Danube bleak

The Danube bleak or Caspian shemaya (Alburnus chalcoides) is a species of freshwater fish in the family Cyprinidae. It is found in Iran, Austria, Bosnia and Herzegovina, Bulgaria, Croatia, France,[2] Germany, Hungary, Italy, Romania, Russia, Serbia, Slovenia,[3] Turkmenistan, and Uzbekistan.

Danube bleak
Alburnus chalcoides - 1788 - Print - Iconographia Zoologica - Special Collections University of Amsterdam - UBA01 IZ15000149.tif
Scientific classification edit
Kingdom: Animalia
Phylum: Chordata
Class: Actinopterygii
Order: Cypriniformes
Family: Cyprinidae
Subfamily: Leuciscinae
Genus: Alburnus
Species:
A. chalcoides
Binomial name
Alburnus chalcoides
Synonyms
  • Cyprinus chalcoides Güldenstädt, 1772
  • Chalcalburnus chalcoides (Güldenstädt, 1772)
  • Cyprinus clupeoides Pallas, 1776
  • Leuciscus albuloides Valenciennes, 1844
  • Alburnus longissimus Warpachowski, 1892
  • Alburnus latissimus Kamensky, 1901

DescriptionEdit

The Danube bleak is an elongate slim fish which can reach 40 centimetres (16 in) but a more normal size is 15 to 30 centimetres (6 to 12 in). There are 57 to 70 scales along the lateral line. The abdomen is compressed into a keel and the posterior end of this has no scales. The dorsal fin has eight to nine branched rays while the anal fin has fifteen to nineteen.[4] This fish is morphologically quite variable which may be due to local adaptations to various habitats but is more likely to be due to several species being involved.[5][1]

DistributionEdit

The Danube bleak occurs in slow flowing stretches of rivers flowing into the Black Sea and the Caspian Sea and in the Aral Sea basin, in Alpine rivers among others.[2] It is a migratory fish, spawning in the headwaters of the rivers and then moving down to the lower parts, estuaries and brackish areas of sea. These migratory patterns have been disrupted by the building of dams across many of the rivers.[6] Landlocked populations survive in small rivers and reservoirs, breeding in the small streams above the dams. The main Caspian Sea population has found ways of spawning below the dams. Overfishing and pollution in the Caspian Sea could impact on the Danube bleak but in 2008 the IUCN Red List of Threatened Species listed it as being of "Least concern".[4][6]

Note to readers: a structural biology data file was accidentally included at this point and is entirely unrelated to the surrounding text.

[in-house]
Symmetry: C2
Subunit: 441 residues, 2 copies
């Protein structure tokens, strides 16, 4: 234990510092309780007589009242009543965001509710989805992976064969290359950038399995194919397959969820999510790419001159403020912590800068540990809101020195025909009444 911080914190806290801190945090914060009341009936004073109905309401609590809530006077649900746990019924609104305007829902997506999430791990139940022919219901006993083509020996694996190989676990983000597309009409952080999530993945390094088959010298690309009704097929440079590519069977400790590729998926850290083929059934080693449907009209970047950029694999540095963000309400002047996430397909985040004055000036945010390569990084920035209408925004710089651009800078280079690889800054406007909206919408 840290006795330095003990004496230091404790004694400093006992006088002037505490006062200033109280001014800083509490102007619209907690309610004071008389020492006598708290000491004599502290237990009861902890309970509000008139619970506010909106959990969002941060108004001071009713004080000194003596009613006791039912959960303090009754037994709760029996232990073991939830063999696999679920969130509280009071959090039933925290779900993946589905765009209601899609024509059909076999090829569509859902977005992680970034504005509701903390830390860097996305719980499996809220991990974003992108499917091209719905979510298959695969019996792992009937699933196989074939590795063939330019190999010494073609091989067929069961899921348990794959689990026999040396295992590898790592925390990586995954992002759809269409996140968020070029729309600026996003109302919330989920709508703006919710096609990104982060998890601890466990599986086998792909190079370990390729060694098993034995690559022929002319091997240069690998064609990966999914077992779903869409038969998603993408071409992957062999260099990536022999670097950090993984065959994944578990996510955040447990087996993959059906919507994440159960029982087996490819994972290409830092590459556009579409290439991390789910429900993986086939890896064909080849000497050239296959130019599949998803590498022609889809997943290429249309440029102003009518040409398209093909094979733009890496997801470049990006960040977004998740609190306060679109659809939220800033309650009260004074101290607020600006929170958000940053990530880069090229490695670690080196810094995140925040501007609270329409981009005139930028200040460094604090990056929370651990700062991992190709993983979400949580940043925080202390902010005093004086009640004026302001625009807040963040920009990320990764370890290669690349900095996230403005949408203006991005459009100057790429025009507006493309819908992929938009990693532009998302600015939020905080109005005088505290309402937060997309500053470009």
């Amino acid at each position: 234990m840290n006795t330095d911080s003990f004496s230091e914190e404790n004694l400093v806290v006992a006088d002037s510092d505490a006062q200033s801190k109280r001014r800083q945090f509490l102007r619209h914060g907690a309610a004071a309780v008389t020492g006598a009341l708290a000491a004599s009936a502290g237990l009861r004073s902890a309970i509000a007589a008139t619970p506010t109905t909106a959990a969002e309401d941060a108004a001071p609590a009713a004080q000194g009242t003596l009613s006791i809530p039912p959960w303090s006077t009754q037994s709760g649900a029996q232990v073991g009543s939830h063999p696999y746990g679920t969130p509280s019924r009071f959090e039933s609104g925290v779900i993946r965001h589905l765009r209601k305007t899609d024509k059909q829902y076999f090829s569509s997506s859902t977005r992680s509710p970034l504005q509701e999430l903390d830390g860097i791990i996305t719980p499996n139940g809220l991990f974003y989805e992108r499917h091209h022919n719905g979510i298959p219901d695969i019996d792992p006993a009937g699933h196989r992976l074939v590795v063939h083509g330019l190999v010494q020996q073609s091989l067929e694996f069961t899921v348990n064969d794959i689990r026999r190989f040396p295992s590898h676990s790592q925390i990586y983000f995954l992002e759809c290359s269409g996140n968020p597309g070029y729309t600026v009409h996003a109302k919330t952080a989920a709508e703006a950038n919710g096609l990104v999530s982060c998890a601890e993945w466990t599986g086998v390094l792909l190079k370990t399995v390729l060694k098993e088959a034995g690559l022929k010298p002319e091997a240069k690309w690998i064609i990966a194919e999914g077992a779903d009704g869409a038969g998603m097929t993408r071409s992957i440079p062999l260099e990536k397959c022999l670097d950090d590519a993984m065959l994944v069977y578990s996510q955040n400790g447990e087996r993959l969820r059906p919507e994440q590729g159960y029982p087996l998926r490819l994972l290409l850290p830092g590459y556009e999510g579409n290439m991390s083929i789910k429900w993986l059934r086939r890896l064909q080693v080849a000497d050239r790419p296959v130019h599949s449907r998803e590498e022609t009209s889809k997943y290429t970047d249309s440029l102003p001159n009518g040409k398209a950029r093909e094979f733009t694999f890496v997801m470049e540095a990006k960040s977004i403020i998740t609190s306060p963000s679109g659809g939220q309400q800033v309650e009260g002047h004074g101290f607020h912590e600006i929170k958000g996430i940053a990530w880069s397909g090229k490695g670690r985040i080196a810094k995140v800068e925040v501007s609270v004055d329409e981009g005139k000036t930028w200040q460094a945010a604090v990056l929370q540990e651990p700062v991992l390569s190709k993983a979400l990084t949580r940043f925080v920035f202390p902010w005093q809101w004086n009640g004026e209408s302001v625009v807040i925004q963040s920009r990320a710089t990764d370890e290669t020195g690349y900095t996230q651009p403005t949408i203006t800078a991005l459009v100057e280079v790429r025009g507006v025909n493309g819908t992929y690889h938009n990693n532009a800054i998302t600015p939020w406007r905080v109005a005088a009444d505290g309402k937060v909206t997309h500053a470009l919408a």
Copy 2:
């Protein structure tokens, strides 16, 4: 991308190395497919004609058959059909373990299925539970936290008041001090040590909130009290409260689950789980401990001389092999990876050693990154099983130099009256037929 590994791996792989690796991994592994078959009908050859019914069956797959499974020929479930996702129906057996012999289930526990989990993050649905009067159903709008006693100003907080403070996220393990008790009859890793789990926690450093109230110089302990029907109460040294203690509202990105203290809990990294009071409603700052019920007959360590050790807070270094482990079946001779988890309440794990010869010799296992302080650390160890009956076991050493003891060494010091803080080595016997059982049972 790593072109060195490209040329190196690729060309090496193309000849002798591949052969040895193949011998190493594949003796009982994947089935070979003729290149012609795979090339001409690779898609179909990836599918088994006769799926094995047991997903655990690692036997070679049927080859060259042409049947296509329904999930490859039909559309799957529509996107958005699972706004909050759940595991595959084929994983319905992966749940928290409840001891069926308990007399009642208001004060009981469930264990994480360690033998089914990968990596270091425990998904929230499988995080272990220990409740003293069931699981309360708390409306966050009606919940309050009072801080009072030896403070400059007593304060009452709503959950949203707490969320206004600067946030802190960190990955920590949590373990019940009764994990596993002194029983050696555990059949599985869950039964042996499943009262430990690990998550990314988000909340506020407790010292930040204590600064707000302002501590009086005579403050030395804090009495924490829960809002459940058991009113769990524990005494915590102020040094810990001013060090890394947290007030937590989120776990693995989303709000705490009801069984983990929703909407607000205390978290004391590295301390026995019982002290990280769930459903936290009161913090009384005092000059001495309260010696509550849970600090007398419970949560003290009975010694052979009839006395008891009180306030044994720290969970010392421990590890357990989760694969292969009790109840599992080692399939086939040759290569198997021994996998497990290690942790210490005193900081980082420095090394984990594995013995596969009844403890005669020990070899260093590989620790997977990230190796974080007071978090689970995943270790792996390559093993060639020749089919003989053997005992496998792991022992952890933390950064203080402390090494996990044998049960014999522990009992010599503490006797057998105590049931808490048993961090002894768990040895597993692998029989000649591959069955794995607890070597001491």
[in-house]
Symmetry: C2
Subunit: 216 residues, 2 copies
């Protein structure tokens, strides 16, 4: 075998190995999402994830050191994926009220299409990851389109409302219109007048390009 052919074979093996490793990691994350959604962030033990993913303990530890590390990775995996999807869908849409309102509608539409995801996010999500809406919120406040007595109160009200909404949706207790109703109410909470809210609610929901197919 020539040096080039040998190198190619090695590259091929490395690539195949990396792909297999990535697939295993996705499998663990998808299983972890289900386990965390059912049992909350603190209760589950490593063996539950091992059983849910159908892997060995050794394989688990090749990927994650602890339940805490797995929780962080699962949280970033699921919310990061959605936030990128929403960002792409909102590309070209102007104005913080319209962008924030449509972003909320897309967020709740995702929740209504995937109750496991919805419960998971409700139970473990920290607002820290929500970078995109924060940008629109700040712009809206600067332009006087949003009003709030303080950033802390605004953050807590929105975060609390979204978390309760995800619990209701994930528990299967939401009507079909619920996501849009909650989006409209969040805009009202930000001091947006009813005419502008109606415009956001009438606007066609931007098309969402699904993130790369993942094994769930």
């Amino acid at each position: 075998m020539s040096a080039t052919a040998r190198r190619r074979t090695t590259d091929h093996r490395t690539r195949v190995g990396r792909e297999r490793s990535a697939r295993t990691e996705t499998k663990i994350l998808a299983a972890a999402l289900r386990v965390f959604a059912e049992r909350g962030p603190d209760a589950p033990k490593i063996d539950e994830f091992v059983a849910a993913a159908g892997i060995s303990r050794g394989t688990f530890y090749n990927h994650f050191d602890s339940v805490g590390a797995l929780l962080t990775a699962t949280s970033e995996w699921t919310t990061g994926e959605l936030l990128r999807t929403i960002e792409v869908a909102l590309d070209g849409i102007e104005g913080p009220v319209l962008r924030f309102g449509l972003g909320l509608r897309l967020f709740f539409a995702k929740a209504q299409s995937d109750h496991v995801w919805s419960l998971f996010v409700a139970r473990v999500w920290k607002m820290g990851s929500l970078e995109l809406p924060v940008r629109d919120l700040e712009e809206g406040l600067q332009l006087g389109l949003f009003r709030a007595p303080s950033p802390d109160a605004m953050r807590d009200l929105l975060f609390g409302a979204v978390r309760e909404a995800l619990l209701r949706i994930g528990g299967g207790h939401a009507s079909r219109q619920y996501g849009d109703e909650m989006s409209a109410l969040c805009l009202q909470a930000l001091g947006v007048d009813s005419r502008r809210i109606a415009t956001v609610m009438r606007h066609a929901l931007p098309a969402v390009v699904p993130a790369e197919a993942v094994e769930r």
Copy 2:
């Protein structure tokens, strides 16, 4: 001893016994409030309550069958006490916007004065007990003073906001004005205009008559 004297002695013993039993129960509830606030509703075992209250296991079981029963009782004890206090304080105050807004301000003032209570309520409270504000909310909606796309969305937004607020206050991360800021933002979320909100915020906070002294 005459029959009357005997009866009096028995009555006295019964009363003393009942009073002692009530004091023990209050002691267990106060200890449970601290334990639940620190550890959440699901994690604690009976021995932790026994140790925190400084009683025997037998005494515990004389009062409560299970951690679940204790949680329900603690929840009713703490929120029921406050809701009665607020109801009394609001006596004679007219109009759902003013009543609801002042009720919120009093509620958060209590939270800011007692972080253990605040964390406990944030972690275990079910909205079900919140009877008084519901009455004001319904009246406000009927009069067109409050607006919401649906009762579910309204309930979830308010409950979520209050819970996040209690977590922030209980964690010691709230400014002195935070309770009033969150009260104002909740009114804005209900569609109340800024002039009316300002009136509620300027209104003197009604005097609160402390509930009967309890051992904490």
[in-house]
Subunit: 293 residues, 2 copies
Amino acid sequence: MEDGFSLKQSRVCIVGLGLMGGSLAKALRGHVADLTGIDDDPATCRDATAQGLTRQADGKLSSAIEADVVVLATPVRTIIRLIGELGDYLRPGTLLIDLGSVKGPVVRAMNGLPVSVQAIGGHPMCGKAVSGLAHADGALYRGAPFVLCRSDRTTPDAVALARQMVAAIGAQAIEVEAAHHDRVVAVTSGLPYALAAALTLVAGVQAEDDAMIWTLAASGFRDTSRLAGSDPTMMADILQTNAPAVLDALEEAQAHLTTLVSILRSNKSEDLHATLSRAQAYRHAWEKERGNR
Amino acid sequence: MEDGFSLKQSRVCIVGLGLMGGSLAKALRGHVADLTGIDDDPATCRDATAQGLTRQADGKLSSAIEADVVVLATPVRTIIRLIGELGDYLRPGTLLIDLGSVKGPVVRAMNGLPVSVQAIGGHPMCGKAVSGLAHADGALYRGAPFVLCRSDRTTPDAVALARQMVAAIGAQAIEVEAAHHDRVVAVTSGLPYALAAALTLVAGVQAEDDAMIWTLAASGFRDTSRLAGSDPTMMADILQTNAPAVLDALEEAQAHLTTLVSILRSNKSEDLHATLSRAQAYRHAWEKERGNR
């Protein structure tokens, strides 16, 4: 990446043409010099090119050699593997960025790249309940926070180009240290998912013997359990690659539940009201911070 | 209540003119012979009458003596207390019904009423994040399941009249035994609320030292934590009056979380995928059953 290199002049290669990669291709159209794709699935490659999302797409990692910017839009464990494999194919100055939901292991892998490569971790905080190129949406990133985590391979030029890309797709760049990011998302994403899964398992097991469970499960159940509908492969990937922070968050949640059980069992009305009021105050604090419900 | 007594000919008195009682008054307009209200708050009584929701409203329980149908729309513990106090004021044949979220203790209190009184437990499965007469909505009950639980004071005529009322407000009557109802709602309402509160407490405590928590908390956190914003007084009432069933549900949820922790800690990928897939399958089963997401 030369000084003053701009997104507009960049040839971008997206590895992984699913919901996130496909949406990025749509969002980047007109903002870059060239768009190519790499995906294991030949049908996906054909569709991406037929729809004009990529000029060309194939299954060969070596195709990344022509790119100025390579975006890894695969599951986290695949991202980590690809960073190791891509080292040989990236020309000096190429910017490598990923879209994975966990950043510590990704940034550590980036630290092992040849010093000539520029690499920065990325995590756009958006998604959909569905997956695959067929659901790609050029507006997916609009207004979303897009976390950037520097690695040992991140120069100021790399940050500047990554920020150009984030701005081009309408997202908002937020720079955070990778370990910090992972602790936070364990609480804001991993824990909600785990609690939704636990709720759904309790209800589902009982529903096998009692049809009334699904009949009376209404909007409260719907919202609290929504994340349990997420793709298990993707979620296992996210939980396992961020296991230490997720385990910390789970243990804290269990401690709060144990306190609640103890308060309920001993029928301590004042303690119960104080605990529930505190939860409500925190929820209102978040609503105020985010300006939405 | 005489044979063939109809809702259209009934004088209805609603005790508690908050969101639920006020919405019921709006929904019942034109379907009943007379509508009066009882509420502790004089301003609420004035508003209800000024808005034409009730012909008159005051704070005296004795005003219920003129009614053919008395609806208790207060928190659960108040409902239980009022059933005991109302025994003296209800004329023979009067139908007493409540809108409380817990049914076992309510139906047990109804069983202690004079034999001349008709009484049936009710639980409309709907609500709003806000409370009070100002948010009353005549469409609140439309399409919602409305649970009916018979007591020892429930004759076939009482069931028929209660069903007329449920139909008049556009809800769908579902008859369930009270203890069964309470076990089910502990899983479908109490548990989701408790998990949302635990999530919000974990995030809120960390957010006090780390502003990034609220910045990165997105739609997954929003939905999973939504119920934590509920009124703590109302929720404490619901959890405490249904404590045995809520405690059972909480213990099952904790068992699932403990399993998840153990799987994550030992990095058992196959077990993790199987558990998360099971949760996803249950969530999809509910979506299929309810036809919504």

BiologyEdit

The Danube bleak feeds on small crustaceans, worms, molluscs, insect larvae, insects and small fish.[4][5]

Male Danube bleaks assemble in May to July at spawning sites in fast flowing streams with gravel bottoms. The females arrive later and deposit about twenty thousand eggs which stick to stones and gravel. These hatch after two or three days and the larvae stay among the gravel for another ten days before moving to backwaters and shallows where they feed on zooplankton, insect larvae and algae. The juvenile fish migrate down stream in the autumn or the spring of the following year. They may become mature in four to five years.[5]

ReferencesEdit

  1. ^ a b Freyhof, J.; Kottelat, M. (2008). "Alburnus chalcoides". IUCN Red List of Threatened Species. 2008: e.T135499A4133441. doi:10.2305/IUCN.UK.2008.RLTS.T135499A4133441.en. Retrieved 11 November 2021.
  2. ^ a b White waters of the Alps, video by Free High-Quality Documentaries on Utube.com. Danuble bleak: 3'45-5'31.
  3. ^ Povž, Meta. "Invasive Freshwater Species in Slovenia" (PDF). Retrieved 2009-10-10.
  4. ^ a b c Maitland, Peter S. (2000). Freshwater Fish of Britain and Europe. Octopus Publishing Group. p. 104. ISBN 0 600 59690 7.
  5. ^ a b c Froese, Rainer (2012). "Danube bleak - Alburnus chalcoides (Güldenstädt, 1772)". FishBase. Retrieved 2012-09-01.
  6. ^ a b Freyhof, J.; Kottelat, M. (2008). "Alburnus chalcoides". IUCN Red List of Threatened Species. 2008: e.T135499A4133441. doi:10.2305/IUCN.UK.2008.RLTS.T135499A4133441.en. Retrieved 17 November 2021.